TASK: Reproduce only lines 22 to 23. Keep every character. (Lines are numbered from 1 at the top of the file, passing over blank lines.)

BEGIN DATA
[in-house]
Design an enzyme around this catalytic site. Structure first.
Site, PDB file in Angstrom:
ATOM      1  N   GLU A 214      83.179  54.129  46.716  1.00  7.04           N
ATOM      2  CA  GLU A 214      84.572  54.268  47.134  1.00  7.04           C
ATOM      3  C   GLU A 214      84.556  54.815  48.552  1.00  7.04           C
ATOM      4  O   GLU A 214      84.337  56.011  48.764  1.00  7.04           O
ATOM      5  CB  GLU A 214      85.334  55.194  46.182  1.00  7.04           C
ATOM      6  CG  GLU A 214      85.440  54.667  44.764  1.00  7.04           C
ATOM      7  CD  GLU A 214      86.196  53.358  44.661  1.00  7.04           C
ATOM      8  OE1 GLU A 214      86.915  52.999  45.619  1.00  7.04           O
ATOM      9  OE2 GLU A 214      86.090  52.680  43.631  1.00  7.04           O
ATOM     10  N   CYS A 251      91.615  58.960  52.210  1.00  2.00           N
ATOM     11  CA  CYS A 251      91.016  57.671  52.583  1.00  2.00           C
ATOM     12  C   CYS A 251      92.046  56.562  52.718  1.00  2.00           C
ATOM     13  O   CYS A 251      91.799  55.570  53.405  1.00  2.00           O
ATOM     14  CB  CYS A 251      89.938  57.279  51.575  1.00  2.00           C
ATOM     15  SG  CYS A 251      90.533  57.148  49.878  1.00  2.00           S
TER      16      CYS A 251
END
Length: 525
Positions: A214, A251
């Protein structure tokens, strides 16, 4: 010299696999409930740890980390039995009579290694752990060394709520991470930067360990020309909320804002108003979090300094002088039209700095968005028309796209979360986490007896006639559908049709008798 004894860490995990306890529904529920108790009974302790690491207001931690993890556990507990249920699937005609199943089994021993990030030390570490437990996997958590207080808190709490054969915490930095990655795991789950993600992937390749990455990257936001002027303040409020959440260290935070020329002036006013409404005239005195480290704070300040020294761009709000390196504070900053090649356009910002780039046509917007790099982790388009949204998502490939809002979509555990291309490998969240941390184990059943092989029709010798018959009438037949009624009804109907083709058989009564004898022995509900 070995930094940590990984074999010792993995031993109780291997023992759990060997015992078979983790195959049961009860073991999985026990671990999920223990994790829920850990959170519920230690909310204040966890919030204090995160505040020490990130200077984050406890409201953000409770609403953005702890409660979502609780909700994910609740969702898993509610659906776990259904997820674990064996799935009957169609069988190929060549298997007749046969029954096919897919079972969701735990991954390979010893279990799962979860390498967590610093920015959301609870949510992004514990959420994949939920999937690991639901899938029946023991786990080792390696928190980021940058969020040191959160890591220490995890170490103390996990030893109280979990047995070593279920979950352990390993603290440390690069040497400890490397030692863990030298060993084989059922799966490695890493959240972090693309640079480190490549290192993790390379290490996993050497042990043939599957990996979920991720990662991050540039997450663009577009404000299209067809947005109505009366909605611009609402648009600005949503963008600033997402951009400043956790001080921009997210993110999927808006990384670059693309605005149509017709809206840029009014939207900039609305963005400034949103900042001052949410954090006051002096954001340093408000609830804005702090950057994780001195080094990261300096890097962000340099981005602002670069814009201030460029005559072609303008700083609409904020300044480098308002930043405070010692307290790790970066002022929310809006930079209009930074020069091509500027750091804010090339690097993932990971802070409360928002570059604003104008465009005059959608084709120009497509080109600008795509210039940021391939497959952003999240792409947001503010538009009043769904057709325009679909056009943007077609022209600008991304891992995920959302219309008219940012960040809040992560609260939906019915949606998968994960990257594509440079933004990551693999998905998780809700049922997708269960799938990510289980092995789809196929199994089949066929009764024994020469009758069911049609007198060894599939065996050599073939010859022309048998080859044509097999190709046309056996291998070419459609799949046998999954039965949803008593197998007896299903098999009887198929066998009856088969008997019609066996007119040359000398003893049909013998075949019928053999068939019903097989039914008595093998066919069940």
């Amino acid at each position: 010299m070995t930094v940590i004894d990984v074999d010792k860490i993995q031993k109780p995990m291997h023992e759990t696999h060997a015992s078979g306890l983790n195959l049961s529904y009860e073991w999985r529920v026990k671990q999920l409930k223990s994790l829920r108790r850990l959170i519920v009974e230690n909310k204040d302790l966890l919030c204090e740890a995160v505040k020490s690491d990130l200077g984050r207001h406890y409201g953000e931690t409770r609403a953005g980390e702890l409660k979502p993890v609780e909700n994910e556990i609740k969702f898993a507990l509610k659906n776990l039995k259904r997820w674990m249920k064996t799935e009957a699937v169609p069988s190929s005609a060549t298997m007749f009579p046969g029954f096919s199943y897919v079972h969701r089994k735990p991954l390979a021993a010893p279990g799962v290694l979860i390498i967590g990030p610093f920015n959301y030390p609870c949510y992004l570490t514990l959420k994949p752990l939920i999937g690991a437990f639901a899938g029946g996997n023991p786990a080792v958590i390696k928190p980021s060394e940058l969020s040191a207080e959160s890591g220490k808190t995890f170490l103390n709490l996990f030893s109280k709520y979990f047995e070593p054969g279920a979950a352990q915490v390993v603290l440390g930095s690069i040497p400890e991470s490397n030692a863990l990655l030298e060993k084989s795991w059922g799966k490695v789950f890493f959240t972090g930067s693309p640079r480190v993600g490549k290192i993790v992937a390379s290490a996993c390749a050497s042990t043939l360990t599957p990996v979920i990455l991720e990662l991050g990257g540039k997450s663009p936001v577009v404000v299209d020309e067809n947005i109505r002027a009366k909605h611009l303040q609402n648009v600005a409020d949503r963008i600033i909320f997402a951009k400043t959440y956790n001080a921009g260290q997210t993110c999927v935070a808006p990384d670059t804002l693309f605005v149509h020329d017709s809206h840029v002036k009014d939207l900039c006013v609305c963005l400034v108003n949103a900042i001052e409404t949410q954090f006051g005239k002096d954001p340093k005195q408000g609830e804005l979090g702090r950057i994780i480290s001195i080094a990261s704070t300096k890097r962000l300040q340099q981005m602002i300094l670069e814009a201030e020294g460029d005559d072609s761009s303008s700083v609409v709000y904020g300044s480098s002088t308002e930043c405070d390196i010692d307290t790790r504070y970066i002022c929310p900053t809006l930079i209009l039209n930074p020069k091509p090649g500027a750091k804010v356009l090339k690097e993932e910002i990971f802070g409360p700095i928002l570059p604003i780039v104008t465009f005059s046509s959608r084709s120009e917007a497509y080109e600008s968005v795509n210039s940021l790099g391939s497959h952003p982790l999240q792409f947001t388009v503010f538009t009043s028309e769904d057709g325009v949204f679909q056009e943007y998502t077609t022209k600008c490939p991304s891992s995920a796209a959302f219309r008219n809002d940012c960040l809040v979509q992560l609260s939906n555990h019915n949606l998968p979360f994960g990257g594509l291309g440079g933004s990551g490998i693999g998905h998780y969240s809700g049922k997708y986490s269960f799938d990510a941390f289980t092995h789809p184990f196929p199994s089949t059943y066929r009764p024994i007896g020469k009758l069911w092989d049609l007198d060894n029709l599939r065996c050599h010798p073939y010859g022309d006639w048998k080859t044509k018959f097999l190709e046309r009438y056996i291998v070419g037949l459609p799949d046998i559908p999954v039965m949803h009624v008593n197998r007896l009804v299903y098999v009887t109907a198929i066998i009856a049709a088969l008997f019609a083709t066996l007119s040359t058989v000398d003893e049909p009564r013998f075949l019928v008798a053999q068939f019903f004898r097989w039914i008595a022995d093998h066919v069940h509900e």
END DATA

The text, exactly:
Positions: A214, A251
């Protein structure tokens, strides 16, 4: 010299696999409930740890980390039995009579290694752990060394709520991470930067360990020309909320804002108003979090300094002088039209700095968005028309796209979360986490007896006639559908049709008798 004894860490995990306890529904529920108790009974302790690491207001931690993890556990507990249920699937005609199943089994021993990030030390570490437990996997958590207080808190709490054969915490930095990655795991789950993600992937390749990455990257936001002027303040409020959440260290935070020329002036006013409404005239005195480290704070300040020294761009709000390196504070900053090649356009910002780039046509917007790099982790388009949204998502490939809002979509555990291309490998969240941390184990059943092989029709010798018959009438037949009624009804109907083709058989009564004898022995509900 070995930094940590990984074999010792993995031993109780291997023992759990060997015992078979983790195959049961009860073991999985026990671990999920223990994790829920850990959170519920230690909310204040966890919030204090995160505040020490990130200077984050406890409201953000409770609403953005702890409660979502609780909700994910609740969702898993509610659906776990259904997820674990064996799935009957169609069988190929060549298997007749046969029954096919897919079972969701735990991954390979010893279990799962979860390498967590610093920015959301609870949510992004514990959420994949939920999937690991639901899938029946023991786990080792390696928190980021940058969020040191959160890591220490995890170490103390996990030893109280979990047995070593279920979950352990390993603290440390690069040497400890490397030692863990030298060993084989059922799966490695890493959240972090693309640079480190490549290192993790390379290490996993050497042990043939599957990996979920991720990662991050540039997450663009577009404000299209067809947005109505009366909605611009609402648009600005949503963008600033997402951009400043956790001080921009997210993110999927808006990384670059693309605005149509017709809206840029009014939207900039609305963005400034949103900042001052949410954090006051002096954001340093408000609830804005702090950057994780001195080094990261300096890097962000340099981005602002670069814009201030460029005559072609303008700083609409904020300044480098308002930043405070010692307290790790970066002022929310809006930079209009930074020069091509500027750091804010090339690097993932990971802070409360928002570059604003104008465009005059959608084709120009497509080109600008795509210039940021391939497959952003999240792409947001503010538009009043769904057709325009679909056009943007077609022209600008991304891992995920959302219309008219940012960040809040992560609260939906019915949606998968994960990257594509440079933004990551693999998905998780809700049922997708269960799938990510289980092995789809196929199994089949066929009764024994020469009758069911049609007198060894599939065996050599073939010859022309048998080859044509097999190709046309056996291998070419459609799949046998999954039965949803008593197998007896299903098999009887198929066998009856088969008997019609066996007119040359000398003893049909013998075949019928053999068939019903097989039914008595093998066919069940």